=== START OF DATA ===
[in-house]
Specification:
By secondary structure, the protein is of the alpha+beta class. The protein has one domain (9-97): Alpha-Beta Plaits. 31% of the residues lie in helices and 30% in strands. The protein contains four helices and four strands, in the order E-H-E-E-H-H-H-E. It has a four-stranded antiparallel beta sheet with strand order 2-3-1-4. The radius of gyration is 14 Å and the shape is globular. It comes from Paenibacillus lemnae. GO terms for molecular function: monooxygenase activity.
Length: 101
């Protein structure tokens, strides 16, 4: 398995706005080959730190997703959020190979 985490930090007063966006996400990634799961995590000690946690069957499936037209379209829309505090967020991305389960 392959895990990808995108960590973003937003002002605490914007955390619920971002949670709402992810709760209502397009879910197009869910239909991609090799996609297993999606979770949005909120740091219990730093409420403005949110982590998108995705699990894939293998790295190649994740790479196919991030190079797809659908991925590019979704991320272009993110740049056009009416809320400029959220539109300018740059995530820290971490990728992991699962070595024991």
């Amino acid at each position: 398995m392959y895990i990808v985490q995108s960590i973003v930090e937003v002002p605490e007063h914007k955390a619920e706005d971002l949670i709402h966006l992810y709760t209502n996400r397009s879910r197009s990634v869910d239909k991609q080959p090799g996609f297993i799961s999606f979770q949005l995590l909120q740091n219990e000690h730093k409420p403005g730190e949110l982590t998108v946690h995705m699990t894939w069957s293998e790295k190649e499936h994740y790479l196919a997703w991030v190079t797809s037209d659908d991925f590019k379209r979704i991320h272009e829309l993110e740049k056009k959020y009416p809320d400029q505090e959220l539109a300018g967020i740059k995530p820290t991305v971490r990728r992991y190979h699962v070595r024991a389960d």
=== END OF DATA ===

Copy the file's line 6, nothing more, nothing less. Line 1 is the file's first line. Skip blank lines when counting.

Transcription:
């Amino acid at each position: 398995m392959y895990i990808v985490q995108s960590i973003v930090e937003v002002p605490e007063h914007k955390a619920e706005d971002l949670i709402h966006l992810y709760t209502n996400r397009s879910r197009s990634v869910d239909k991609q080959p090799g996609f297993i799961s999606f979770q949005l995590l909120q740091n219990e000690h730093k409420p403005g730190e949110l982590t998108v946690h995705m699990t894939w069957s293998e790295k190649e499936h994740y790479l196919a997703w991030v190079t797809s037209d659908d991925f590019k379209r979704i991320h272009e829309l993110e740049k056009k959020y009416p809320d400029q505090e959220l539109a300018g967020i740059k995530p820290t991305v971490r990728r992991y190979h699962v070595r024991a389960d």